4a.Evolution of Fire Arms

3.       EVOLUTION OF FIRE ARMS          

Written records of early fire arms are incomplete due to the reasons stated in sub-para 2.1 above, as such it has, so far, not been possible to find out when and who designed the first metallic tube through which to propel projectile using an explosive substance. The term “lock” was used with early fire-arms to indicate the device used to fire the weapon. A brief on main types of lock is given below:  

3.1.      The Cannon Lock:              

The earliest fire arms were fired by holding a lighted coal or hot iron against powder placed over a touch hole at the rear of the barrel section. The flame flashed through the hole into the powder charge which had been loaded from the muzzle.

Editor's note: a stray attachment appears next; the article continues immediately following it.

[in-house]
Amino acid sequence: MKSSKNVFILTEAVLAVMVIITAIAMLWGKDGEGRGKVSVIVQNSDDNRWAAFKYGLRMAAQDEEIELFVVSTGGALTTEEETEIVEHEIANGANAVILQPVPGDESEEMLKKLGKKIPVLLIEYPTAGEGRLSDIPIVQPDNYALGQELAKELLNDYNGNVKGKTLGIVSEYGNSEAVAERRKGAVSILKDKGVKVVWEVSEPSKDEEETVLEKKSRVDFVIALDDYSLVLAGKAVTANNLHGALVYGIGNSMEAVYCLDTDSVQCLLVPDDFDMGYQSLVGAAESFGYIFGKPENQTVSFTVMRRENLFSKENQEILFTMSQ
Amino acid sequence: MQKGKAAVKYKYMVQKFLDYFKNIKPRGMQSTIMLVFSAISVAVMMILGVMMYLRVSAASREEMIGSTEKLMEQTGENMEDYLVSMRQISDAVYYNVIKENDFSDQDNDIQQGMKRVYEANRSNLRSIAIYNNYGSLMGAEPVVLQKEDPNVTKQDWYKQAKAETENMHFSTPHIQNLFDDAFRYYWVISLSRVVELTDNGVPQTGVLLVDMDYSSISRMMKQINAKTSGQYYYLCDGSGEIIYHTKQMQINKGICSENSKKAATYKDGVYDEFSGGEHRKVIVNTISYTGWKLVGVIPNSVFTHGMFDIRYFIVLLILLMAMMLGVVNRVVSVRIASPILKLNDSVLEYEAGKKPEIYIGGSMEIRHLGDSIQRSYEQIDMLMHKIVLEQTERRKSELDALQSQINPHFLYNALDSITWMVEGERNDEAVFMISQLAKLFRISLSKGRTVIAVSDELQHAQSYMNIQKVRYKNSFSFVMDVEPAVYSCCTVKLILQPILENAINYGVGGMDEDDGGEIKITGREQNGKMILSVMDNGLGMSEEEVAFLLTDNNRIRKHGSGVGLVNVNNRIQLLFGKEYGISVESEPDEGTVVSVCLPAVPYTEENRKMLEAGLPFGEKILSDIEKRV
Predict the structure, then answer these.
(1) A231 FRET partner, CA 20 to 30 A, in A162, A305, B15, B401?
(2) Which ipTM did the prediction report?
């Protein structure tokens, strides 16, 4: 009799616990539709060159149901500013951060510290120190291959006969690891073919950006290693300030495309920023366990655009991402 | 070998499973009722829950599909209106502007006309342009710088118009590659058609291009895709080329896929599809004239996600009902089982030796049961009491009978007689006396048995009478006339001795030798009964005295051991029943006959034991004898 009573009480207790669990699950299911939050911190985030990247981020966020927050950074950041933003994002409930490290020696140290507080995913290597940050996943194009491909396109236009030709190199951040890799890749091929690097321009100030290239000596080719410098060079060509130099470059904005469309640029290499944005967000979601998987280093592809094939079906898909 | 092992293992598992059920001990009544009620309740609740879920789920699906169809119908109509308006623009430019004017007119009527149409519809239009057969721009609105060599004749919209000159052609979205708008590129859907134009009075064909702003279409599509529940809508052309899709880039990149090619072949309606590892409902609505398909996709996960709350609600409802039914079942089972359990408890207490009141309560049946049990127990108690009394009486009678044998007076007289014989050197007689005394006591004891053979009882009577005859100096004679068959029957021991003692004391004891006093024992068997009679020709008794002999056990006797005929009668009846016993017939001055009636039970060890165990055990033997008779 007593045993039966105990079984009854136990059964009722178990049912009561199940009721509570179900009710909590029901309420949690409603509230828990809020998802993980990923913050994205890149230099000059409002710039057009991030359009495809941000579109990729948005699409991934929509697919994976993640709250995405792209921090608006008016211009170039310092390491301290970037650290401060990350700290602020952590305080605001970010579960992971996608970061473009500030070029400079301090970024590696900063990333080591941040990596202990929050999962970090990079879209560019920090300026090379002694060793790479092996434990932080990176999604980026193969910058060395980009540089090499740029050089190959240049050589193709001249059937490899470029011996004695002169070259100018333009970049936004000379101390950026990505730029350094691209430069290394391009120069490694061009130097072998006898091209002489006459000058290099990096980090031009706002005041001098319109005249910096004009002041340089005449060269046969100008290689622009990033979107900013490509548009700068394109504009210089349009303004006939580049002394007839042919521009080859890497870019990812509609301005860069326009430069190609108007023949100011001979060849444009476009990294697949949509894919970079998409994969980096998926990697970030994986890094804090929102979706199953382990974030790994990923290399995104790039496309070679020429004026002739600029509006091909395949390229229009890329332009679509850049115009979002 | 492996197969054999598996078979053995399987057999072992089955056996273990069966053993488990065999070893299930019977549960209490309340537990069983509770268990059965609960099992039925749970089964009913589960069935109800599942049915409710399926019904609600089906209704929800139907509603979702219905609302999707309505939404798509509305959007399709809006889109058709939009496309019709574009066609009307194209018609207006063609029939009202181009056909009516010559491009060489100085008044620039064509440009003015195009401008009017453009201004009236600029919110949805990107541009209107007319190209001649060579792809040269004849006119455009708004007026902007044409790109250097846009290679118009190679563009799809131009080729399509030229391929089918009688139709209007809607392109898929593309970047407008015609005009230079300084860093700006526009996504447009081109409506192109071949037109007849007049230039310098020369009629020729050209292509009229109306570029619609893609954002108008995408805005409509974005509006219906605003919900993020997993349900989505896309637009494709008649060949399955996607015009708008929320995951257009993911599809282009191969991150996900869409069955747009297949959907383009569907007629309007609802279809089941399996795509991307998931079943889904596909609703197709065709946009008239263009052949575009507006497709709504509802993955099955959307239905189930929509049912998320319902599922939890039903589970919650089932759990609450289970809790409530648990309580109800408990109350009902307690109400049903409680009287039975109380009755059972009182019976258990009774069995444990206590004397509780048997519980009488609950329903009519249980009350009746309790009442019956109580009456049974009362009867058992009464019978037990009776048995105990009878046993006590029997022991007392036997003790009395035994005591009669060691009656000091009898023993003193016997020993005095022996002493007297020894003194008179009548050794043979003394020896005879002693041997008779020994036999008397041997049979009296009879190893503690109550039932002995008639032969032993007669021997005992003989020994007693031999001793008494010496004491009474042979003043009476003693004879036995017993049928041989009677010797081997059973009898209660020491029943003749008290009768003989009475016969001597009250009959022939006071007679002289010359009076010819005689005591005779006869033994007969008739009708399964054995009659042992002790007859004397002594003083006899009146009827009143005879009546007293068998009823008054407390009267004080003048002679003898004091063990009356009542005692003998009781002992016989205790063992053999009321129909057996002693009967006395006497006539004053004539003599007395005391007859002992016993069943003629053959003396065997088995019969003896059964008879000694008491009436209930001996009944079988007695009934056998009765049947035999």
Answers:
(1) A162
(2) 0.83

3.2.     The Match Lock                

The Match Lock was originally a ‘C’shaped piece of metal pivoted to the side of the stock. It was split to grip a cord generally made of hemp treated with chemicals to make it slow burning at the rate of about 8 to 12 cm per hour.  

3.3.     The Wheel Lock                 

The Military and sporting needs for an ignition system which would not depend on lighted match or live coal led directly to the development of the “Wheel Lock”. Its principle was same as that of early time cigarette lighters.  

3.4.    The Snaphaunce              

In the jaws of the cock a piece of pyrites was fastened instead of match holder (as in case of match lock). A steel point or anvil was provided near the touch hole. Pulling the trigger released the cock. Its spring forced it ahead. The flint striking a glancing blow at the steel anvil showered sparks into the priming powder.  

3.5.    The Flint Lock:      It was a modification of the snaphounce.  

3.6.      The Percussion Lock                  

Percussion firing required use of an explosive which will detonate when struck a sharp blow. Gun powder of an early day could not be exploded this way, though certain types made today can be. In its initial form fulminate of mercury was used as priming powder.

Continued on Page 4b

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